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Re: Jan. 26, 2008, Ski jumping at Leavenworth
« Reply #2 on: 01/28/08, 11:08 AM »

Great stuff Lowell -- makes me want to head over there and check it out.
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chrism
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Re: Jan. 26, 2008, Ski jumping at Leavenworth
« Reply #3 on: 01/28/08, 11:59 AM »

Nordic jumping has always been interesting to me.  Growing up in Connecticut my father would talk about going to the ski jump competitions in the quiant town of Salisbury.  By the time I was old enough to be interested, the competitions had stopped and as far as I know the jumps had gone into disrepair.  They were only a fleeting sight far up on a hill, on the way to my Grandparents house.  Since then, nordic jumping has been a favorite Olympic event to watch.  Its good to know this is going on in Leavenworth, it would be fun to go check it out.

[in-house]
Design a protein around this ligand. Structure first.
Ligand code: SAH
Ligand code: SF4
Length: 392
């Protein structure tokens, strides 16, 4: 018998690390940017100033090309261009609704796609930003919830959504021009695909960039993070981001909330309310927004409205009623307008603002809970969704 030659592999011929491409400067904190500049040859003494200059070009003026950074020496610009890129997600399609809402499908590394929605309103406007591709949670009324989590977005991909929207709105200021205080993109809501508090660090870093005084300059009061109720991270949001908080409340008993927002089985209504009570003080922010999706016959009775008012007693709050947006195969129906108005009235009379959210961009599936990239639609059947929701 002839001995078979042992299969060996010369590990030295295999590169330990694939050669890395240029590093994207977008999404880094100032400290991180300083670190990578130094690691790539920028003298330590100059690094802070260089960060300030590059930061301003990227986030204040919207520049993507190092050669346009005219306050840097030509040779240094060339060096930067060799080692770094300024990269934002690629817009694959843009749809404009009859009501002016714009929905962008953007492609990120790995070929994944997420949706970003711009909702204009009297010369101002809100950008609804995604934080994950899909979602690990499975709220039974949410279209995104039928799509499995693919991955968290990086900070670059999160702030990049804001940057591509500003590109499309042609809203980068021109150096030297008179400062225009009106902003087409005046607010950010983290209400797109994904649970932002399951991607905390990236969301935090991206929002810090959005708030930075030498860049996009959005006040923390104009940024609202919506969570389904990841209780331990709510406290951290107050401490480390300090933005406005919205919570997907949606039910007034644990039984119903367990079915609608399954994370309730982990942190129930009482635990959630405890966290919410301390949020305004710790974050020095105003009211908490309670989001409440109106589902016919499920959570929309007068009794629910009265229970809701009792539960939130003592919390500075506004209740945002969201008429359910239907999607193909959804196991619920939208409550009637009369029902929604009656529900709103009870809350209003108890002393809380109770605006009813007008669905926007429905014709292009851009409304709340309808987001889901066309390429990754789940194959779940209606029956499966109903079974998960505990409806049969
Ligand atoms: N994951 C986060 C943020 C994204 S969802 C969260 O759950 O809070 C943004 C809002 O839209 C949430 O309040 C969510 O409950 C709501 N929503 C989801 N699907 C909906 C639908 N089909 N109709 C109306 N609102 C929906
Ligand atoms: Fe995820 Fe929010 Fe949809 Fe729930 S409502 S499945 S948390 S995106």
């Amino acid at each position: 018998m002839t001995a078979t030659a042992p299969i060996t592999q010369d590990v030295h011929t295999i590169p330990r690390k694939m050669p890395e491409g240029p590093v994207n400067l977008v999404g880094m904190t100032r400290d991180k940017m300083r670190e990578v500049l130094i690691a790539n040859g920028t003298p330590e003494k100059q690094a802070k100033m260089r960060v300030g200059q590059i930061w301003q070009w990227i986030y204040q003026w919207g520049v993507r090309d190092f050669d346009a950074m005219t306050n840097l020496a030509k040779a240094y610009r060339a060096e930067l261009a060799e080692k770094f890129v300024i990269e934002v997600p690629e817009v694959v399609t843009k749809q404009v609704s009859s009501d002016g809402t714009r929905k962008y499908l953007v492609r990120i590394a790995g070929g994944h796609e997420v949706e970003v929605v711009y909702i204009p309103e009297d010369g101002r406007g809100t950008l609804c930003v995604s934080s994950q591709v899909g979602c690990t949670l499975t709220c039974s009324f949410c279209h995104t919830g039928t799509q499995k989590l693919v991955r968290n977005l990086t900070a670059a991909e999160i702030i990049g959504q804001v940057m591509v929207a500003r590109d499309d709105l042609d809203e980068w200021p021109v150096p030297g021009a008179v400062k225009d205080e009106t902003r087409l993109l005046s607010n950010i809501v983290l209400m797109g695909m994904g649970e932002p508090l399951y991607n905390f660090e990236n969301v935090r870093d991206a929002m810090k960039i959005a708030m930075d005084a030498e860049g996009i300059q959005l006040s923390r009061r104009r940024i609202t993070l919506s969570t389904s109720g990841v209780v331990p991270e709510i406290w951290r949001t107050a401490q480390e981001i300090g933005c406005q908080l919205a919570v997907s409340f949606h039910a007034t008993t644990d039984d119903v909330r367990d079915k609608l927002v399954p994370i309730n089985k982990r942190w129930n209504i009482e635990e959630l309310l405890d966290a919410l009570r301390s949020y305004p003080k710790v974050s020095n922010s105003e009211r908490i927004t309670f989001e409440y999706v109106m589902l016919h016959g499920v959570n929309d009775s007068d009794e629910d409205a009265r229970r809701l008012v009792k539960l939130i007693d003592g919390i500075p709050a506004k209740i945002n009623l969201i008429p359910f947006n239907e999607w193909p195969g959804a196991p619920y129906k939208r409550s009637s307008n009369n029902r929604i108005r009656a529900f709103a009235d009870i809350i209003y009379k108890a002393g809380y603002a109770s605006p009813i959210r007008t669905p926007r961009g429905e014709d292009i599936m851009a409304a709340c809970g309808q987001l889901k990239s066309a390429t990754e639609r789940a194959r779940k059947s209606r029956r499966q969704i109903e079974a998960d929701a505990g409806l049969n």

Reading your story, Lowell, I couldn't help wonder what it feels like to land in alpine gear.  It seems like the flexibility in the nordic bindings and boots would make for a much smoother landing.  Did landings hurt? 
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Lowell_Skoog
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Re: Jan. 26, 2008, Ski jumping at Leavenworth
« Reply #4 on: 01/28/08, 12:15 PM »

Reading your story, Lowell, I couldn't help wonder what it feels like to land in alpine gear.  It seems like the flexibility in the nordic bindings and boots would make for a much smoother landing.  Did landings hurt?